By Chris Johnson
March 14, 2014

Ethan Miller/Getty Images Arizona's rout of Utah proved there should be no doubt that they're a No. 1-seed  caliber team. (Ethan Miller/Getty Images)

The second round of the Pac-12 Tournament produced no huge surprises. There were a couple of important bubble battles, a dominant performance by an almost guaranteed NCAA Tournament No. 1 seed and a poster dunk by a player nicknamed ‘Slow-Mo.’

Colorado 59, Cal 56

When evaluating NCAA Tournament resumés this time of year, avoiding recency bias can be difficult. The committee no longer considers the final 12 games of the season any differently than the 18 or so that came before. That means every game amounts to one of many data points accumulated from November to March.

That said, Cal really could have used a win against Colorado on Thursday. The Bears have a win against Arizona, four wins against teams ranked in the top 50 of the RPI and only two bad losses (UC Santa Barbara and USC) on their ledger, but they probably needed to beat the Buffs to keep themselves in position to earn an at-large bid. At this point, barring unexpected chaos among other bubble denizens, it’s looking like Cal is headed to the NIT. SI bubble watcher Michael Beller removed Cal from his projected field of 68.

The Bears trailed by two with less than 20 seconds left when guard Justin Cobbs missed a fallaway jumper from the left wing. Colorado gained possession and converted enough free throws in the waning seconds to preserve the win and likely secure itself an at-large bid. Booker led the Buffs with 17 points on 7-of-15 shooting.

Arizona 71, Utah 39

Remember when Arizona’s status as a No. 1 seed was in question? The Wildcats lost two games in a two-week span in February to Cal and Arizona State. More notable, they lost sophomore forward Brandon Ashley for the season to injury. Would Arizona steady itself down the back half of conference play? You already know the answer (yes), but in case you needed another reminder that Arizona is No. 1 seed-quality, the Wildcats provided it Thursday.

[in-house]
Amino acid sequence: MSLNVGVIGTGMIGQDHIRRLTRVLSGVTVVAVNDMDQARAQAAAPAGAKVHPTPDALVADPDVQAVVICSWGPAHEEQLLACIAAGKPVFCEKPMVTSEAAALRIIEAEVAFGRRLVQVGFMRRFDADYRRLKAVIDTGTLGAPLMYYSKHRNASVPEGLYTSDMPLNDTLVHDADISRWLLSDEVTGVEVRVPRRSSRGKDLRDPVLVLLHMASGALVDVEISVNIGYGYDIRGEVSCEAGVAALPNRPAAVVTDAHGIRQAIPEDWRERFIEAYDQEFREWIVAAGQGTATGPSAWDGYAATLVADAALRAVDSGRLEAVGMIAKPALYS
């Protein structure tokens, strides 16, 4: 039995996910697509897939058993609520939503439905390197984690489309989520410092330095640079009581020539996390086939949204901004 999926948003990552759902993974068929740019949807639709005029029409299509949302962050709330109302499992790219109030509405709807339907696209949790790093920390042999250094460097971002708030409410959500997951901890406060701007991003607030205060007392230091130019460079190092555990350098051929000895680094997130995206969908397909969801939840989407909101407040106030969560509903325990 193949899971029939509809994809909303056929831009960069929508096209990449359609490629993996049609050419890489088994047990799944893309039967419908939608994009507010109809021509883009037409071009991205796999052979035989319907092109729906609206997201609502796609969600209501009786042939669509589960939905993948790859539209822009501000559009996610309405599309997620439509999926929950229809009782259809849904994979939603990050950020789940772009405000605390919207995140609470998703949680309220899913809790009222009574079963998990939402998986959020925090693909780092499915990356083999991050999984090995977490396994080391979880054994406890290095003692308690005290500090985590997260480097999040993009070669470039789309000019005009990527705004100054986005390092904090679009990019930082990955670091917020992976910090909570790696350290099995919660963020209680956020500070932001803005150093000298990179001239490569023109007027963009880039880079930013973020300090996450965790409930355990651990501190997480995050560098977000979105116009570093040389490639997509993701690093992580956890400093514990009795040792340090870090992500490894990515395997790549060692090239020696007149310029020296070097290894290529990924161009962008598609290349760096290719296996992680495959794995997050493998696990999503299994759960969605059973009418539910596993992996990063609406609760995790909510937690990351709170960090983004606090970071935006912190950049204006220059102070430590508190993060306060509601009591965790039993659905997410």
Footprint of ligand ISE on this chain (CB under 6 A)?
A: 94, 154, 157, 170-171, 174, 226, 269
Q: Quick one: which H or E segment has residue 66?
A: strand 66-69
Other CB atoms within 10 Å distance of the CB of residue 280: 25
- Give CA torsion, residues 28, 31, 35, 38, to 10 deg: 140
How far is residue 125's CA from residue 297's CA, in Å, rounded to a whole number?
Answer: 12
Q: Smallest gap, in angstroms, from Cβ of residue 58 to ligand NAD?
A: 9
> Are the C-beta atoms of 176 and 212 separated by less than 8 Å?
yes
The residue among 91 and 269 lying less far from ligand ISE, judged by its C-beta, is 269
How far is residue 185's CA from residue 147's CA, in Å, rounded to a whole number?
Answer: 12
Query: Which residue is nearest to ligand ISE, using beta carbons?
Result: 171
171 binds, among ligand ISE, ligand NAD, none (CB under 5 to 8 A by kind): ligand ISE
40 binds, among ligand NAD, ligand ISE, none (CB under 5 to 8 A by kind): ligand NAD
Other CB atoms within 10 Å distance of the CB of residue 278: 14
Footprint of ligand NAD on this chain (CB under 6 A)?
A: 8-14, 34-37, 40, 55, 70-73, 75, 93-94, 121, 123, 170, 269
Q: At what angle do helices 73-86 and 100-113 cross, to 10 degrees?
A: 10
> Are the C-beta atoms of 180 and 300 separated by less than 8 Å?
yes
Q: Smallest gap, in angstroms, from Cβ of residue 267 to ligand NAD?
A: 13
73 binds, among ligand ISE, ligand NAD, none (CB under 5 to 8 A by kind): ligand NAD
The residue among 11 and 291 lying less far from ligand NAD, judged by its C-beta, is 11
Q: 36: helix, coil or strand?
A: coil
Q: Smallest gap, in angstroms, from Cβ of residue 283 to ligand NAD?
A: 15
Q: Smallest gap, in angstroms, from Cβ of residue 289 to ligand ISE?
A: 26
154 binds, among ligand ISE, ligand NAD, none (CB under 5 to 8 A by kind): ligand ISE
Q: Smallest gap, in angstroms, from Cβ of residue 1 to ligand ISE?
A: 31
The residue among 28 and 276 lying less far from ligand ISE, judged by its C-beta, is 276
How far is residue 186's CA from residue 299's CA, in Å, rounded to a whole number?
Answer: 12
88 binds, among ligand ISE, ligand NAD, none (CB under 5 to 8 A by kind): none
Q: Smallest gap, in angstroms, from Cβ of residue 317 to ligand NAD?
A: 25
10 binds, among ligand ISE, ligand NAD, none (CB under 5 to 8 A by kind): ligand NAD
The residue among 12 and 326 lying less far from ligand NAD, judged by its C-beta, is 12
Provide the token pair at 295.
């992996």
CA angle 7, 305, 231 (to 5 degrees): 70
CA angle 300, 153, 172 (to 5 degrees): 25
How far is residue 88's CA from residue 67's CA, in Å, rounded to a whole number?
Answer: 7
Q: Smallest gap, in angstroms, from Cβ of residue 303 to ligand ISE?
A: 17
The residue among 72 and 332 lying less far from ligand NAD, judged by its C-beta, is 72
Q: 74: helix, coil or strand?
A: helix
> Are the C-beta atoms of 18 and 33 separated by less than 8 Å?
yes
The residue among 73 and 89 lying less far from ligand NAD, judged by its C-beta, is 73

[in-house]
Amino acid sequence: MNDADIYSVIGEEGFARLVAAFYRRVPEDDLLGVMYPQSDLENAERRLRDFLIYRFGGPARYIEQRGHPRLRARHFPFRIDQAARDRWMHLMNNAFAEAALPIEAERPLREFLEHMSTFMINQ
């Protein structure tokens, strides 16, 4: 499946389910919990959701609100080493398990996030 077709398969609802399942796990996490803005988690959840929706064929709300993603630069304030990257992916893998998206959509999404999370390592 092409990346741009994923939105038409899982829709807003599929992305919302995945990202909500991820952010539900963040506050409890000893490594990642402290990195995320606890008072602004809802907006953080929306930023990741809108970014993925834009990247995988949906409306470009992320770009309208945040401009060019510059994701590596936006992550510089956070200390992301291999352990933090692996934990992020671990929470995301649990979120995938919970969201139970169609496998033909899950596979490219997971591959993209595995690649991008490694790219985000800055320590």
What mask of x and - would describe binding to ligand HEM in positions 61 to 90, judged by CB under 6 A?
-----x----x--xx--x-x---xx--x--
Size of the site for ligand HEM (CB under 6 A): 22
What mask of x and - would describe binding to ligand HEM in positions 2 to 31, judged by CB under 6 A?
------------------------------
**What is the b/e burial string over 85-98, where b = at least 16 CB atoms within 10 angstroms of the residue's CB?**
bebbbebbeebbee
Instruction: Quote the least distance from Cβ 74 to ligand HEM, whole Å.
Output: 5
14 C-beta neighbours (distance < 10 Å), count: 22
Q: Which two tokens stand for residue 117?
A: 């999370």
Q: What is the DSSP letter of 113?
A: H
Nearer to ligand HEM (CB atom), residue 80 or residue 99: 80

Arizona bludgeoned a Utah team that played the Wildcats close twice in the regular season. Sean Miller’s team led 17-6 midway through the first half, 34-13 at halftime and 51-17 at the under 12-minute timeout in the second half. Forward Aaron Gordon scored 11 points and grabbed seven rebounds, and point guard T.J. McConnell had 13 points, four rebounds and four assists. Arizona scored 1.22 points per possession and limited Utah to 0.67. The 32-point margin of victory tied the largest in Pac-12 Tournament history.

UCLA 82, Oregon 63

It’s a good thing Oregon has likely already locked up an at-large bid, because the Ducks didn’t put forth a good effort in their final game before the selection committee selects and seeds the bracket. Leading by two at halftime, UCLA rolled off a 24-8 run and cruised to a comfortable win. Forward Kyle Anderson, one of five Bruins who scored in double figures, had 11 points, snared eight rebounds, blocked two shots, swiped three steals and dished out six assists. The Ducks got a tremendous scoring effort from guard Joseph Young (10-of-18, 6-of-11 from three, 29 points), but Oregon’s four other starters combined for only 16 points.

Anderson skied for a huge dunk over Oregon forward Richard Armadi late in the first half:

The Bruins boast one of the most efficient offenses in the country, but they haven’t been so consistent on the defensive end. On Thursday, UCLA held Oregon, an explosive offensive team that ranks 11th in the country in points scored per possession, to 0.91 PPP. This is a promising outcome for Steve Alford’s team: not only did UCLA blow out one of the Pac-12’s hottest outfits in the second half, the Bruins showed they’ve officially put that befuddling 18-point loss they suffered at Washington State last week in the rearview mirror.

Stanford 79, Arizona State 58

Whether Stanford played itself into the field by beating Arizona State Thursday night is debatable. What’s clear is the Cardinal helped solidify a profile that now includes five wins against teams ranked in the top 50 of the RPI, zero losses to teams ranked outside the top 100 and solid computer numbers. Compared to other teams scrambling to nudge their way onto the right side of the cutline, Stanford stacks up pretty well.

The Sun Devils kept it close throughout the first half, but Stanford pulled away after the break, opening up a nine-point lead by the 10-minute mark and unleashing a 12-point flurry after the under 8-minute timeout. Guard Chasson Randle scored a game-high 21 points on 7-of-16 shooting and forward Josh Powell had 15 points and five rebounds.

Arizona State point guard Jahii Carson was limited to 10 points on 4-of-13 shooting. Despite the loss, the Sun Devils will likely hear their name called on selection Sunday.

What’s on tap for Friday? 

Colorado and Arizona will square off in the first semifinal (6:00 pm PT). The Wildcats and Buffs are both safely in the field, but Colorado could probably bump itself up a seed line by pulling off the upset. The Wildcats blew out Colorado (88-61) at the Coors Center in late February.

You May Like